Jamie Irvine:

So it sounds to me like this is the real merger between the traditional distribution model and setting up a digital sales channel and leveraging digital tools. I love it. I think that that is the way that parts companies, tool companies need to go. Like to your point, the world has changed. And a lot of people in our industry, they’re just kind of catching up with what is being called, like web 2.0, meanwhile, we’re in the process of actually going into what they’re now gonna call web 3.0, which is going to include augmented reality and virtual reality. So it’s really important for companies that serve the automotive and heavy-duty industries to get caught up and to move into the 21st century, because the changes are gonna come fast and furious as we move forward. I’m curious though, you’ve had some time now with this model, you’ve seen the impact it’s had, you’ve tried to address some of the problems and provide a better solution. What has been the economic impact on your customers?

Lee Locklear:

We can service them better and also save them money. And, you know, sometimes you have the greatest ideas in the world and something carries on forever and ever, and ever like the mobile tool bottle. And then all of a sudden that changes. And I think the world changed in 2020 with COVID. But the reality is that there are shop owners out there that are concerned about how many people are coming into their shop and how often. Our business model had an unintended consequence, which is the app allows us to still continue to do business in the way that the technicians are doing business. But at the same time, we can keep our employees from having to be in, you know, we can put a lockbox outside the shop, for example, and place the tools or warranties and things like that inside the box, and never have to go into the shop.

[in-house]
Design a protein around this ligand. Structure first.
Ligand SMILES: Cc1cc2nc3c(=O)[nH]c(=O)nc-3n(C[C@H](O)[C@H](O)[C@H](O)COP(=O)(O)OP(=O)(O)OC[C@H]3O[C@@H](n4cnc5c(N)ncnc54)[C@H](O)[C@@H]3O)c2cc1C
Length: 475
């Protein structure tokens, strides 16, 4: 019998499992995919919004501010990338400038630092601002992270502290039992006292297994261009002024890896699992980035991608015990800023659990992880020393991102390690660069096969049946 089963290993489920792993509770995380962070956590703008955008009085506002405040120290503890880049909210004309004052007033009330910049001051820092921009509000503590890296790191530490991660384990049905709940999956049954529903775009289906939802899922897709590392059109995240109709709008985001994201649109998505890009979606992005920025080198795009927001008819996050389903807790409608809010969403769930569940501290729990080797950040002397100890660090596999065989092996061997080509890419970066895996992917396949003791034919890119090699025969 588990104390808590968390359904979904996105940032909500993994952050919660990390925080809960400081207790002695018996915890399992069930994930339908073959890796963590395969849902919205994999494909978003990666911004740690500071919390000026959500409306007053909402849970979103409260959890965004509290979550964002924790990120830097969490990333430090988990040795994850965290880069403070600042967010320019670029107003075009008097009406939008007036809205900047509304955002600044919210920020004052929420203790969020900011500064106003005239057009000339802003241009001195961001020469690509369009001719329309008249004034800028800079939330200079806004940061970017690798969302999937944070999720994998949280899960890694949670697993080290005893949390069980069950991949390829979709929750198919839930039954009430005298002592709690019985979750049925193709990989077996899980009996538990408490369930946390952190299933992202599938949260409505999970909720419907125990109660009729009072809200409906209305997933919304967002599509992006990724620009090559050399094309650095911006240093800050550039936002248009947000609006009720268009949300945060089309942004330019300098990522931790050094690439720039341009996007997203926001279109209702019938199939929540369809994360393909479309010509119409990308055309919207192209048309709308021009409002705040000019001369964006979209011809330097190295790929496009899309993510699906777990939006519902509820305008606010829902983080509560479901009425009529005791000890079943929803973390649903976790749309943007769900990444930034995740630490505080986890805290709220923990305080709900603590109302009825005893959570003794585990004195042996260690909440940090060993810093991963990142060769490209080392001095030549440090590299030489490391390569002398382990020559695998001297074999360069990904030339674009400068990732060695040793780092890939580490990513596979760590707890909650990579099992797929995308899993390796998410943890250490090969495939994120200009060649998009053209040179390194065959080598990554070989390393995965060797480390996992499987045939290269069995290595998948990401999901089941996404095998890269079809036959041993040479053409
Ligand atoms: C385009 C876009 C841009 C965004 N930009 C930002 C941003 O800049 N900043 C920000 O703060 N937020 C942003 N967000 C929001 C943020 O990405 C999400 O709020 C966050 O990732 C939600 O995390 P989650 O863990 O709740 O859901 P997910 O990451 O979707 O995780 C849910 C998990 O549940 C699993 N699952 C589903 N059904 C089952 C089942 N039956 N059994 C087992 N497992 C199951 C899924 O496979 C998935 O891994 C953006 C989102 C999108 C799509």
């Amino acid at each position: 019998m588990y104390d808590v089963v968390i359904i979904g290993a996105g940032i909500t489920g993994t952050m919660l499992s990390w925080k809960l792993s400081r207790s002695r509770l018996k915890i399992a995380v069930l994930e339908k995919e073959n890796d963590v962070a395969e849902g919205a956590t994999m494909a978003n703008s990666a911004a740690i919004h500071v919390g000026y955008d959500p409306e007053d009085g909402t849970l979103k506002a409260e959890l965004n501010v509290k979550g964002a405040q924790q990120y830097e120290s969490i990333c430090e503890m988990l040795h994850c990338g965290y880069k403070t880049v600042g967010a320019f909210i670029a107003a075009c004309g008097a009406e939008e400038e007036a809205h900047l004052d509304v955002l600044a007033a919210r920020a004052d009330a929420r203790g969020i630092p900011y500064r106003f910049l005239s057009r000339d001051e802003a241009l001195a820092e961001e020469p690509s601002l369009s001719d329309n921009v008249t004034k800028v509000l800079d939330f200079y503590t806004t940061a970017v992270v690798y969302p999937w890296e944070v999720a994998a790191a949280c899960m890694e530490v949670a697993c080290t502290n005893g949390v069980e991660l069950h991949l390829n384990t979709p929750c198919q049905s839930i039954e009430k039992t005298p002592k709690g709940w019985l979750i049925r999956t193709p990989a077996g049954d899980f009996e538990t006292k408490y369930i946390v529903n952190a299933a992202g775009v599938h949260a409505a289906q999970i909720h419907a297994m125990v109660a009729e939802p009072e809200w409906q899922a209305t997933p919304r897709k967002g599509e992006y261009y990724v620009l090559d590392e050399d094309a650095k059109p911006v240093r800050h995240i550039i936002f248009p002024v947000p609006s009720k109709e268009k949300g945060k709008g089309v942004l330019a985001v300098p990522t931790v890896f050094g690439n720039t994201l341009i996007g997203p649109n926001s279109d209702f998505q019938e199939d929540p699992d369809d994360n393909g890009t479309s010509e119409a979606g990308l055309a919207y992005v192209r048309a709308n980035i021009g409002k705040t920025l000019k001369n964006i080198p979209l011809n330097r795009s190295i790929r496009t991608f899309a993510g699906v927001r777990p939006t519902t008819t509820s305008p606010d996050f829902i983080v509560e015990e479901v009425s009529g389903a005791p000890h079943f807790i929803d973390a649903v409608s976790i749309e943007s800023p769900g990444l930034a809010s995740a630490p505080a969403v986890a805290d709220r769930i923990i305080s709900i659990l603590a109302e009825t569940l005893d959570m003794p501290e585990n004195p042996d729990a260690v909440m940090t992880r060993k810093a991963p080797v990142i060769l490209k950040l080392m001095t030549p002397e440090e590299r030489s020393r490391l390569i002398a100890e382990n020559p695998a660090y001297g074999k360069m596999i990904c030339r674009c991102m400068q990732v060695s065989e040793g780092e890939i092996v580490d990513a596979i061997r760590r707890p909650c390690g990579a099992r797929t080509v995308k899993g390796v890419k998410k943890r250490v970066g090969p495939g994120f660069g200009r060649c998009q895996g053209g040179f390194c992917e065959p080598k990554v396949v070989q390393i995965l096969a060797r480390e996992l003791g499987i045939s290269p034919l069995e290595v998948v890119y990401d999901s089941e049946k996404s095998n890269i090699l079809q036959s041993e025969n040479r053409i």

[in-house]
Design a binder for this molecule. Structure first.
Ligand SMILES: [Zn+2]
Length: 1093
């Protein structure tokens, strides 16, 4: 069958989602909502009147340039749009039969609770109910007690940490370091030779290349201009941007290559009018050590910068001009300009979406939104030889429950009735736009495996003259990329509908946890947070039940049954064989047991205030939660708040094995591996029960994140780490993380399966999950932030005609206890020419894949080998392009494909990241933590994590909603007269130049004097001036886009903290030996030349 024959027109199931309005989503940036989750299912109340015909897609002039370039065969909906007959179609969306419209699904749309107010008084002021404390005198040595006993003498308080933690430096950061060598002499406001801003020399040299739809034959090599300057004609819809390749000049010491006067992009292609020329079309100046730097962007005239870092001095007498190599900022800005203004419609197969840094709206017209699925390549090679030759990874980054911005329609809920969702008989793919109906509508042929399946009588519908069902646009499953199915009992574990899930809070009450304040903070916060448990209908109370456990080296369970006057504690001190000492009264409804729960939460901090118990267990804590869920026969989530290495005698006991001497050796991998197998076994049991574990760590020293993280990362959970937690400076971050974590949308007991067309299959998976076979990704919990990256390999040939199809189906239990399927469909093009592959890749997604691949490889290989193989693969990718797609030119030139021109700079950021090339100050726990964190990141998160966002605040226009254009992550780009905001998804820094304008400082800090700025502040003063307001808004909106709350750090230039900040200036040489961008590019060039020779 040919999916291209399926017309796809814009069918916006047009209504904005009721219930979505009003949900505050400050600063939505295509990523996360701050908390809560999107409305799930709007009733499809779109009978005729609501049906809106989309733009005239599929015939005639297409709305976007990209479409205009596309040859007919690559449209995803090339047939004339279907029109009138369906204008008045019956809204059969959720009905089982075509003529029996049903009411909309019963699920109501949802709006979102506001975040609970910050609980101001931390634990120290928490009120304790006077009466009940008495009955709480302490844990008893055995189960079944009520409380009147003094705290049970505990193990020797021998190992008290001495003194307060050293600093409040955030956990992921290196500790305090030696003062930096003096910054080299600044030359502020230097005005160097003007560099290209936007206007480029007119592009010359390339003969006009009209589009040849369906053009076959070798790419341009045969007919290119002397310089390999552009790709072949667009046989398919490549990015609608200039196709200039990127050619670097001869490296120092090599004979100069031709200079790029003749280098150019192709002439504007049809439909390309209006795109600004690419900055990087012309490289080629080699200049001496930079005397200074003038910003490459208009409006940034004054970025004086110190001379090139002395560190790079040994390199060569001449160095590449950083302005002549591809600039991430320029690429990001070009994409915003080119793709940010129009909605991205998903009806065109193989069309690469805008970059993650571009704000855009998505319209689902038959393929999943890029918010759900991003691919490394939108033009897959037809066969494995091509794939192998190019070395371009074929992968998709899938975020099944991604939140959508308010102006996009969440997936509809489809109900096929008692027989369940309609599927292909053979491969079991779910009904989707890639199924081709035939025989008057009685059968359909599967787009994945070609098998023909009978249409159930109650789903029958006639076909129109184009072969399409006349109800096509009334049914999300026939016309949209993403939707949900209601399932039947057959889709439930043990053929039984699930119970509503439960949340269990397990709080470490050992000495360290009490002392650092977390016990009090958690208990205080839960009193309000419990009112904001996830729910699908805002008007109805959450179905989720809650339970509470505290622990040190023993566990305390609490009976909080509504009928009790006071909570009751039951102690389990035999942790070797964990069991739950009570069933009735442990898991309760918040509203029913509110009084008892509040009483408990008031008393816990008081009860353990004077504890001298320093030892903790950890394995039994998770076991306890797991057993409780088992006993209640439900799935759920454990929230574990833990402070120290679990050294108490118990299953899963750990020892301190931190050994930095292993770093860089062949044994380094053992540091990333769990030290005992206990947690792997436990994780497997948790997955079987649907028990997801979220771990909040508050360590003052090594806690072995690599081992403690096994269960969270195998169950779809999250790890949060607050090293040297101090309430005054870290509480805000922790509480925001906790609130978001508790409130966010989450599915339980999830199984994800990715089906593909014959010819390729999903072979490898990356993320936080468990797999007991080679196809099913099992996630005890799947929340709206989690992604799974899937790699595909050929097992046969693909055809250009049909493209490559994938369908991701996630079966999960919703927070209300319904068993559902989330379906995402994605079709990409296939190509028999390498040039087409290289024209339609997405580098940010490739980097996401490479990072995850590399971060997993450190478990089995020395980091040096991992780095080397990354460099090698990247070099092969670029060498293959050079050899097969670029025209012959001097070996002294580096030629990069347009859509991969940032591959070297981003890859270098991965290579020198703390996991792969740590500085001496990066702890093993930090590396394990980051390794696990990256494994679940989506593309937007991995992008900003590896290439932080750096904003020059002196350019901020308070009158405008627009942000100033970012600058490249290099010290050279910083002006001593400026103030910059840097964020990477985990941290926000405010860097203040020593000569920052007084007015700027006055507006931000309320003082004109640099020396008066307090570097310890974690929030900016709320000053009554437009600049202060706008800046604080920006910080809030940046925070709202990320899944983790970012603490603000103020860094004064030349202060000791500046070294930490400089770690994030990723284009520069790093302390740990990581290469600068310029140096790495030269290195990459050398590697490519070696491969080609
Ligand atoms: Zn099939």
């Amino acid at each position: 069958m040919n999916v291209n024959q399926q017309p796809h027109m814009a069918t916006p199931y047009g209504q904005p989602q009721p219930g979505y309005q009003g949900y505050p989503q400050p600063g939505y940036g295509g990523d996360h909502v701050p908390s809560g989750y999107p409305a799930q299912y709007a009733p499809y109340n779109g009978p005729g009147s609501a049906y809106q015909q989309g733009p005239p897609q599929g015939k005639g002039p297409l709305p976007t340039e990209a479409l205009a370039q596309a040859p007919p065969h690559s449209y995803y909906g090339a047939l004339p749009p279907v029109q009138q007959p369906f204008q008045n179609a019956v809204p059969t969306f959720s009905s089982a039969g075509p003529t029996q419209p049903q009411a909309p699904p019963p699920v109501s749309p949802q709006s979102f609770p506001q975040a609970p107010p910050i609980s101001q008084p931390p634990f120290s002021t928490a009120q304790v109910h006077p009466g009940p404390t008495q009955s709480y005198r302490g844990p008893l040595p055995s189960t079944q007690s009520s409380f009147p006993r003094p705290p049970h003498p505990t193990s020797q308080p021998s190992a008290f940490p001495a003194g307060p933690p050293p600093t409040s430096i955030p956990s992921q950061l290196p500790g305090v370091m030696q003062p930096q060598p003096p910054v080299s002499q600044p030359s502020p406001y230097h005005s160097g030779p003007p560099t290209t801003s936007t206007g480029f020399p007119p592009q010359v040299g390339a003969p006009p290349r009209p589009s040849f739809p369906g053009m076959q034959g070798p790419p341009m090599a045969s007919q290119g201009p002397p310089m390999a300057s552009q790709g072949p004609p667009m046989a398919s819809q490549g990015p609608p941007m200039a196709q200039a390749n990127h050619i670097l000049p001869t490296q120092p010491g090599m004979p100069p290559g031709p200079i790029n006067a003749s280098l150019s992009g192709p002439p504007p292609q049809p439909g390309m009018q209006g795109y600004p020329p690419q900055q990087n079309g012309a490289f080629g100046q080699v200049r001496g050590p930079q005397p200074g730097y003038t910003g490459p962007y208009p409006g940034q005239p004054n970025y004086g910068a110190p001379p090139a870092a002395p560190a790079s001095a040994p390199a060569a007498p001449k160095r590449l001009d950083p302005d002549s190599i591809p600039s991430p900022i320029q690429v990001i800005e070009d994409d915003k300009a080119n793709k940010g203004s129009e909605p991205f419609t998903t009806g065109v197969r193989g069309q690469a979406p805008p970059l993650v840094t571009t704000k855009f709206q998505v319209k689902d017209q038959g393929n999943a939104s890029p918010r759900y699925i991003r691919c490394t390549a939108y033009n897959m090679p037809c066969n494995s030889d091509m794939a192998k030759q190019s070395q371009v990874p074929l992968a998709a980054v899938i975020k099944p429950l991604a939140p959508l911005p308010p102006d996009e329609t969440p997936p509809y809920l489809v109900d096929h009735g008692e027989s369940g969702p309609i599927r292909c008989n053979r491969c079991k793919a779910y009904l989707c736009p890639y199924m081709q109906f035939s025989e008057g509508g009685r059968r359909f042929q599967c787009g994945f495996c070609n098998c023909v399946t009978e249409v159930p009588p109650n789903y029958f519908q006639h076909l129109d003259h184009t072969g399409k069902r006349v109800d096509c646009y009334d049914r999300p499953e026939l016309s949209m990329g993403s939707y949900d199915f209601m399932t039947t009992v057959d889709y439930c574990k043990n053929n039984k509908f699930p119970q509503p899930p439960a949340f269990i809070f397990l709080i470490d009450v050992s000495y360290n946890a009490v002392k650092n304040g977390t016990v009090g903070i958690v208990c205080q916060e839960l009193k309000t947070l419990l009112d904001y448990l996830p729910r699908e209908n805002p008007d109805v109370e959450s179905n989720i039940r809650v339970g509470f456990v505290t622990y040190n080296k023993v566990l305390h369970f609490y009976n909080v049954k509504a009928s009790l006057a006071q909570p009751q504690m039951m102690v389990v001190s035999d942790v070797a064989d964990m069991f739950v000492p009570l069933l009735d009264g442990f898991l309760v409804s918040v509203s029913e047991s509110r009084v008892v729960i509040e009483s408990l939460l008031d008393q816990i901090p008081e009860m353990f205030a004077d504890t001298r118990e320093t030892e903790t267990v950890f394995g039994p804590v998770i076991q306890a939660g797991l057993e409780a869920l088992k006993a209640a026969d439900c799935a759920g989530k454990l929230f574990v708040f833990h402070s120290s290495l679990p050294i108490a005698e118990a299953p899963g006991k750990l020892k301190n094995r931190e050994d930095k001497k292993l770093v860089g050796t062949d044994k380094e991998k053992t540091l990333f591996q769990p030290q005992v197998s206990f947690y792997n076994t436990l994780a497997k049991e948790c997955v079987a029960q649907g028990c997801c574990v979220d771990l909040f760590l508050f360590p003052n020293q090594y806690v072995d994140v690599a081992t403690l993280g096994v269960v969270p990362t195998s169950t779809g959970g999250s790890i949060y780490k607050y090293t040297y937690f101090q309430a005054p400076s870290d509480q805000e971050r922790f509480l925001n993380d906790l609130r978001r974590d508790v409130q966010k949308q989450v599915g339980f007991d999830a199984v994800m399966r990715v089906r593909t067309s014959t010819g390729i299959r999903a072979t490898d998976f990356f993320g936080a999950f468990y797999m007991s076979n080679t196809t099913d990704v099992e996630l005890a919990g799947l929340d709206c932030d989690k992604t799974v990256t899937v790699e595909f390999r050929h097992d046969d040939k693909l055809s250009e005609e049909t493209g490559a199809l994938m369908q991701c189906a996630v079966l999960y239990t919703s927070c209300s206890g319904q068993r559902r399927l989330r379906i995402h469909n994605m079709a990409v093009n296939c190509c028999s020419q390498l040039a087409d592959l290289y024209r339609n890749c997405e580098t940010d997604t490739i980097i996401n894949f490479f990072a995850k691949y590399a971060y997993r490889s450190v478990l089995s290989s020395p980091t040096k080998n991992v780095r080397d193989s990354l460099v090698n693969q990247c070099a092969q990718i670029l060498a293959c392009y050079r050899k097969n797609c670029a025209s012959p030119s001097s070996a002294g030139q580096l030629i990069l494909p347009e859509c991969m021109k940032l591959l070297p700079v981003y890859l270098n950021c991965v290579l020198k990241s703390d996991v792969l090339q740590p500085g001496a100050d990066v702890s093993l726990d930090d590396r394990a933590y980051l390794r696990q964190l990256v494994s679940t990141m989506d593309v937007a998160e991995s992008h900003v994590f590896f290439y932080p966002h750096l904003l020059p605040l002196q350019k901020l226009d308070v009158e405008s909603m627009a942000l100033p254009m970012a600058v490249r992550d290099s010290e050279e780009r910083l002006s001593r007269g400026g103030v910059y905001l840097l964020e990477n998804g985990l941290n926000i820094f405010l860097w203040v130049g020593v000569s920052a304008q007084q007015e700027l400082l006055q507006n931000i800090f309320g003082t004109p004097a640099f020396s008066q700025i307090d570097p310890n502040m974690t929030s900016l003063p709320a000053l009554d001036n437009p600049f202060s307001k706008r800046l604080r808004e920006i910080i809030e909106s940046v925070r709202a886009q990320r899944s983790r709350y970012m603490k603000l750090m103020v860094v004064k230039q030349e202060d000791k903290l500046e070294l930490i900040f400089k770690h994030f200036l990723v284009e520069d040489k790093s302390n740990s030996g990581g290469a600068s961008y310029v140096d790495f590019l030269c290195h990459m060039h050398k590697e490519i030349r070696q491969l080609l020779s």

It’s not necessarily the relationship that the techs are looking for, but in a world of uncertainty and the concerns, you know, especially in Canada, I have a lot of friends in Canada. You know, you guys seem to be on pretty strong restriction. You know, I have some friends that are Mac dealers up in Canada, and they’ve expressed to me a lot of shop owners just don’t want them in the shop. They just don’t want them there. That makes it very difficult for them to do business. And so one of the unintended consequences that we’ve had that I think helps is being able to get customers tools and equipment without having to have a presence inside the shop. The financial impact to the shop is efficiency goes up because if you do have a good relationship with the tool guy, you’re likely gonna be on the tool truck for a little while, you got five or 10 technicians, how much productivity time do you lose when the tool guy’s there. Multiply that by four trucks. And so you’re losing 5, 10, 15, 20 hours of production time. If your techs are, you know, a hundred percent efficient, it’s 20 billable hours. If they’re 150%, you know, it’s, it’s 30 billable hours at $150 an hour. You know, that’s a huge impact, I think financially.